Columbia is offering an easier Rig construction.
From previous drawings it is evident that Columbia Scaled Model misses some Sail Area and Tuiga has too much Sail Area typical of those classes.

88dm² against 58dm².

Displacements remain the same at 4.5kg for both Models.

Modified Safalero Rating application

Here I’m going to apply he Modified Safalero Formula to the above illustrated Plans:

Rating = [(SA + LOA + Draft – Beam) x 0.2] – (Bulb +Hull) / (Bulb / Hull)

When applied to Tuiga of 113cm LOA

R = (88 +113+14.5– 20) x 0.2 – (2.8kg +1.7kg) / (2.8kg / 1.7kg)

R = 39.10 – 2.74 = 36.36

When applied to Columbia with 121cm LOA and increased Sail Area :

R = (62 +121 +15.5 – 21) x 0.2 – (2.8kg +1.7kg) / (2.8kg / 1.7kg)

R = 35.50 – 2.74 = 32.76

Redrawing the Tuiga Sail Plans down to less than 69dm² we get

R = (68.7 +113+14.5 -21) x 0.2 – 2.8kg +1.7kg / (2.8kg / 1.7kg)

R = 35.04 – 2.74 = 32.30

Trial with Sail Area of 68dm² for Tuiga:

Here the reduction of the Tuiga Sail Plan to 68.7dm² .
May be that Columbia do not need to increase her Sail Plan

Remark : From aesthetic point of view is very acceptable even without the Top Jib.

Increased Draft depicted in light blue.


Two Rating formulas used for comparison:

1. Modified Safalero Rating previously used for AC Models
2. 100R created for the purpose and derived from the 10R Rules

Observing the ‘Scale Effect Table’ at page 7, the LOA is 115cm for all models,

Can be observed that:
Model LOA cm SA cm² DSPL kg SA/DSPL
Tuiga 115 9250 4.87 1.89cm²/g
Columbia 115 8461 4.20 2.01cm²/g
Enterprise 115 6835 3.87 1.76cm²/g
Dragon 115 3620 3.62 1.17cm²/g

1. Tuiga shall reduce the Sail Area by reducing the scale to reach 4.5kg.
2. Columbia could increase the LOA and probably the Sail Area by changing scale.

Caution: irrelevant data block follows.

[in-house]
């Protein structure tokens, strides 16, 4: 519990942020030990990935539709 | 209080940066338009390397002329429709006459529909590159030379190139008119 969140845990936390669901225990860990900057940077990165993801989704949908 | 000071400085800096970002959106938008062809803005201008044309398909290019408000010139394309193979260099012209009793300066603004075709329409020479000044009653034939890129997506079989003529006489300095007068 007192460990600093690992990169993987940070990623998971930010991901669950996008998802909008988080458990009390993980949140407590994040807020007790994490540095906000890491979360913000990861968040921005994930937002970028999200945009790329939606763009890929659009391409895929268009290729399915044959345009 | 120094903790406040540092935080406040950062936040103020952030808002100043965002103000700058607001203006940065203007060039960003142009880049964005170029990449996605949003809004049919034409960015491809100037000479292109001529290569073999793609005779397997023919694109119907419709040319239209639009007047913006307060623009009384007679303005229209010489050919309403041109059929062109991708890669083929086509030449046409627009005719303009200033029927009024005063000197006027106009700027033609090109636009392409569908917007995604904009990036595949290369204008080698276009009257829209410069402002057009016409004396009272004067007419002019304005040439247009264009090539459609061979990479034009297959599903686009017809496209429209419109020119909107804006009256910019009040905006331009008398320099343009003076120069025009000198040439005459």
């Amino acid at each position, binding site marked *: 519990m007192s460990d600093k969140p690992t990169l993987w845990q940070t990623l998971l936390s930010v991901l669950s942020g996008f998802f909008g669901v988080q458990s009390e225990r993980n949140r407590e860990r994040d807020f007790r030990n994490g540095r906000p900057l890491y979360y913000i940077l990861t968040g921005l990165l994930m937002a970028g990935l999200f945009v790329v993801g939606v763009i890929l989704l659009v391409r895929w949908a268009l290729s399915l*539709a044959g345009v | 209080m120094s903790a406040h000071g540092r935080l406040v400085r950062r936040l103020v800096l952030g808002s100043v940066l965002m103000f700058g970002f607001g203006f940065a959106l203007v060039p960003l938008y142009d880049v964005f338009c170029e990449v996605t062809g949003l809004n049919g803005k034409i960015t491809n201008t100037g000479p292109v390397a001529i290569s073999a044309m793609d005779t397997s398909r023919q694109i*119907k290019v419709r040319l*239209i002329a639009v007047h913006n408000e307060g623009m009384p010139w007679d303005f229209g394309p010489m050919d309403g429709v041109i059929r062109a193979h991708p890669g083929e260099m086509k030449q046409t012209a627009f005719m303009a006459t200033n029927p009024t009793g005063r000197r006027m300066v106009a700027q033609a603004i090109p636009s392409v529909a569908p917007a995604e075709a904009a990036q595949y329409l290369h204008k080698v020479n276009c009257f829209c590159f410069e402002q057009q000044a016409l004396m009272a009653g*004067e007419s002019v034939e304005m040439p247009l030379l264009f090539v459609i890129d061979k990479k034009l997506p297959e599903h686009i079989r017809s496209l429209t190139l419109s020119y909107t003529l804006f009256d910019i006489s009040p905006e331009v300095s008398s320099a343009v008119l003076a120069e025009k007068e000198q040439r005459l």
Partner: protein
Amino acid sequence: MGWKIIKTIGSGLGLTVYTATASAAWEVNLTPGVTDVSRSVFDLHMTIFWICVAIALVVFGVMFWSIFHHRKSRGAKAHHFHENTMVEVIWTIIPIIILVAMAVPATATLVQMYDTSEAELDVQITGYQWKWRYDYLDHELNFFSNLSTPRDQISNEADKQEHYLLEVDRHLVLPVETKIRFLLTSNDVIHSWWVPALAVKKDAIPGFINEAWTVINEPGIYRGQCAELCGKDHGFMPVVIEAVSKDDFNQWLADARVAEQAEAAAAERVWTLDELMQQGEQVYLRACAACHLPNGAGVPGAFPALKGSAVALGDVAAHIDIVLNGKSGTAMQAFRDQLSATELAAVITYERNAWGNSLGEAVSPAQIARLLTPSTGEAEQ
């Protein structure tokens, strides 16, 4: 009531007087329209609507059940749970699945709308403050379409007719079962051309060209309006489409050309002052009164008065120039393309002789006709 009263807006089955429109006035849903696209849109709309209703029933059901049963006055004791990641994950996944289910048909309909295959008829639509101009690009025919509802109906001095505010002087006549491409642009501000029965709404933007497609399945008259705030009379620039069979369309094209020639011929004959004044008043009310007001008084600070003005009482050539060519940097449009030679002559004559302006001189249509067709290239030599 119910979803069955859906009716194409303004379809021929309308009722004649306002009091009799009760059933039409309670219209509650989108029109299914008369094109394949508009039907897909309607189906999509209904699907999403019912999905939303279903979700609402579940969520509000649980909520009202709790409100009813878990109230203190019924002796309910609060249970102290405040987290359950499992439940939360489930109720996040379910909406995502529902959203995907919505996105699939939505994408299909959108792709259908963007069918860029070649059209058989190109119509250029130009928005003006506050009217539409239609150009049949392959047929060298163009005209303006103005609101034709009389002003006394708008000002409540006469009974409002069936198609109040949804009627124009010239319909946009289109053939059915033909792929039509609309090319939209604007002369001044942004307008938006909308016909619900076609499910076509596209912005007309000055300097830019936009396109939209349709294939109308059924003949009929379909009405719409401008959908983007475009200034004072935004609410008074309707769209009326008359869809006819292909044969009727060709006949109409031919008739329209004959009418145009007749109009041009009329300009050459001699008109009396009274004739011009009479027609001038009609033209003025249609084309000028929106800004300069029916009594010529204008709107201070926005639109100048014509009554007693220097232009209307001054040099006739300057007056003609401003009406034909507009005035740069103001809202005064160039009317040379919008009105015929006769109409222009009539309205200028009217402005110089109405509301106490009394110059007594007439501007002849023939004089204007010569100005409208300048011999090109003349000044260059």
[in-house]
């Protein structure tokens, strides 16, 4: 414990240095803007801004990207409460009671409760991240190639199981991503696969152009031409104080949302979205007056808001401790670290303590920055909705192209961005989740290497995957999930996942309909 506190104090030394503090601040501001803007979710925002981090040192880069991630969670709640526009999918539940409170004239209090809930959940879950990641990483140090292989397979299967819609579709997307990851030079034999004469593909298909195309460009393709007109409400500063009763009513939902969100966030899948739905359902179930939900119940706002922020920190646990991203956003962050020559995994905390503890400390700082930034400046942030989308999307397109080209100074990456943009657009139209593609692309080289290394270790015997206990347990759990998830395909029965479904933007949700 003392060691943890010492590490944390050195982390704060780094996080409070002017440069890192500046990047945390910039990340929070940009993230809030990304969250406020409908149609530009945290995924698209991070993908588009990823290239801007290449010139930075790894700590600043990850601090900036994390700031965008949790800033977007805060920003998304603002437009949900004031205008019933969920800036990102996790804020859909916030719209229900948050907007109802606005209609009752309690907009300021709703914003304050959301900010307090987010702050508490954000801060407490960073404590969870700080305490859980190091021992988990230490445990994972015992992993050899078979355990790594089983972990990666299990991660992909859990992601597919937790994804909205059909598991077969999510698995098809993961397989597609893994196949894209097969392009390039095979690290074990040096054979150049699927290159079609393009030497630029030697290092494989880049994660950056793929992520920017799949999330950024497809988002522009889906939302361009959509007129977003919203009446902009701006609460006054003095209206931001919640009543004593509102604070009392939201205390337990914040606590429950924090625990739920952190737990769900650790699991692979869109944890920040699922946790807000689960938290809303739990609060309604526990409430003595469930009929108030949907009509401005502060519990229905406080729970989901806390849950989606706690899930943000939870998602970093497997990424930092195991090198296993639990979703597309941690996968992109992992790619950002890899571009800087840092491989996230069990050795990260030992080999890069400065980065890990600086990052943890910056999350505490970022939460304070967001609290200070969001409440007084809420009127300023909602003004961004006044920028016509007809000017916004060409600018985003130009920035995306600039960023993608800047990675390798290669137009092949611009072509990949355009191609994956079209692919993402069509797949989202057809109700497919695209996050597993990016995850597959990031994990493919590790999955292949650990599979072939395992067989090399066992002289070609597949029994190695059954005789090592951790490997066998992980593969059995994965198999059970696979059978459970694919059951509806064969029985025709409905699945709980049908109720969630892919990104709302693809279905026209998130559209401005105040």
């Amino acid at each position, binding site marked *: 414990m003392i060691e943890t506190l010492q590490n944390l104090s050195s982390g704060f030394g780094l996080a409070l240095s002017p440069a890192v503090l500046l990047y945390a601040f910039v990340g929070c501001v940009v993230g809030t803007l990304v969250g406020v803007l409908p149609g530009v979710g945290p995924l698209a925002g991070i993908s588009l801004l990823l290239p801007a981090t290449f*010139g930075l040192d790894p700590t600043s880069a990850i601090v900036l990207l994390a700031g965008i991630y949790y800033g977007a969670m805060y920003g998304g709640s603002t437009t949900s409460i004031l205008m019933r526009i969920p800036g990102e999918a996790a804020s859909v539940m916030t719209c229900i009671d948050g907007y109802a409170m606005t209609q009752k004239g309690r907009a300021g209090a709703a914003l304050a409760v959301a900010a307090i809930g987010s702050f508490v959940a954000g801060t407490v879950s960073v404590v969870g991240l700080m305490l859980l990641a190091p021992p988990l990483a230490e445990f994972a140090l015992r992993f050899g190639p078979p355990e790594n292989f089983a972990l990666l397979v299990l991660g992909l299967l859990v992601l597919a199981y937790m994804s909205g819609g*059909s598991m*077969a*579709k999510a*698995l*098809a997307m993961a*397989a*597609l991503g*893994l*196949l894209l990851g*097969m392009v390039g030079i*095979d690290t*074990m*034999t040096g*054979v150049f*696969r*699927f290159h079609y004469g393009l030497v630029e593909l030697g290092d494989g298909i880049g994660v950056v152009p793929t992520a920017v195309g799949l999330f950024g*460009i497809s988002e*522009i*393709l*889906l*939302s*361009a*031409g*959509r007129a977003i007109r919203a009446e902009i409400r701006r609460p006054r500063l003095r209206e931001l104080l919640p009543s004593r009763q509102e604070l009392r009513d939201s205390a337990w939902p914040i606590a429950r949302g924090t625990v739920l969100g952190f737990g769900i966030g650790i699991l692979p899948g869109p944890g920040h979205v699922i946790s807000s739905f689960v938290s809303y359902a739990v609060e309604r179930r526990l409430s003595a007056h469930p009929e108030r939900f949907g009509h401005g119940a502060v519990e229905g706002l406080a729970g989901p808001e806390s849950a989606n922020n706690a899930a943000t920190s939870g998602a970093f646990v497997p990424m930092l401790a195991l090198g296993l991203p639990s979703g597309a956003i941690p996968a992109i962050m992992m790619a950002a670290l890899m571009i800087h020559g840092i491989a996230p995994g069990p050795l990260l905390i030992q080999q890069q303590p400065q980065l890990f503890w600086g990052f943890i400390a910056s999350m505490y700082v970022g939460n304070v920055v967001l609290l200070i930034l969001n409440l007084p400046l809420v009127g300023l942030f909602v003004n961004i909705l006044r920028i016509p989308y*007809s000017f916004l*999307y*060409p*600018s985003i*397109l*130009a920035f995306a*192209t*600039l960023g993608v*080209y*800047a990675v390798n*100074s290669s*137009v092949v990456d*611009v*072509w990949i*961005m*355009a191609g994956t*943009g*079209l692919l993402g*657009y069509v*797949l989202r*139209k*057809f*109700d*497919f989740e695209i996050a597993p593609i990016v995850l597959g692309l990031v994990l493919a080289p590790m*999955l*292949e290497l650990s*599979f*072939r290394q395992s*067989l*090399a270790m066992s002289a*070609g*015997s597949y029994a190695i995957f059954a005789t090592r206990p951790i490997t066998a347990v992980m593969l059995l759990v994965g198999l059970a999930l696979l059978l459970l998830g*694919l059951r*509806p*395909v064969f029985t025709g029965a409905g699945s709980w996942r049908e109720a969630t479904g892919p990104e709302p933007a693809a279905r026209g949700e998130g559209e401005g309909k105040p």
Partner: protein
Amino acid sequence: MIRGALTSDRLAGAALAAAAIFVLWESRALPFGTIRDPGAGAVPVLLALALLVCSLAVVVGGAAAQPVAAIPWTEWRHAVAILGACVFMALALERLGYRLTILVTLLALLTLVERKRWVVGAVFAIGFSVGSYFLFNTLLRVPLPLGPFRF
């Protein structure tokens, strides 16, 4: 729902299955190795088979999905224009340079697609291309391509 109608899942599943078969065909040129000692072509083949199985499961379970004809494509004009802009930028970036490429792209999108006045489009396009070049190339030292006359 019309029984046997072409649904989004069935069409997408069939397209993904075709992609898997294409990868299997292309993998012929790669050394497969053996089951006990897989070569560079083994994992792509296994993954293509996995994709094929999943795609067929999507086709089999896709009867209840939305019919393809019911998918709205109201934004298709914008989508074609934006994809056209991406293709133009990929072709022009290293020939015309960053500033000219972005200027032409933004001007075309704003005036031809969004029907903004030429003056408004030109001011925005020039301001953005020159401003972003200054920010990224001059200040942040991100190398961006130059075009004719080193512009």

3. Enterprise could increase the LOA as well the DSPL by changing scale.
4. Dragon is too far from the above models in term of dimensions.

Two models analysed: Tuiga and Columbia.

• With Modified Safalero Rating and with the introduction of modifications, mainly on the Tuiga SA, we get two values rather close each other:
32.76 for Columbia and 32.30 for Tuiga.

Rating range could be widen from 32.00 to 34.00

• With the 100R formula
Tuiga with : LOA 113cm and SA 7522cm²
Columbia with : LOA 120cm and SA 7084cm²

This is the privilege or the 100R Formula where one can choose the LOA versus SA , but very careful because the choice have a direct impact to the DSPL.

Some potential Classic Yachts for Vintage RC Models :

15M JI : Tuiga, Viola, Lady Anne, Pesa, etc.
12M JI : Columbia, Vim, Vanity V, Valiant, Trivia, , Seven Seas, Cintra, American Eagle,
10M JI : Tonino, etc.
JClass : Enterprise, Velsheda, Shamrock, Endeavour, etc.
and many others including Ketches

My conclusion:

• The Modified Safalero Rating is rather tolerant from 32 to 34.
• The 100R is more demanding since has direct impact on DSPL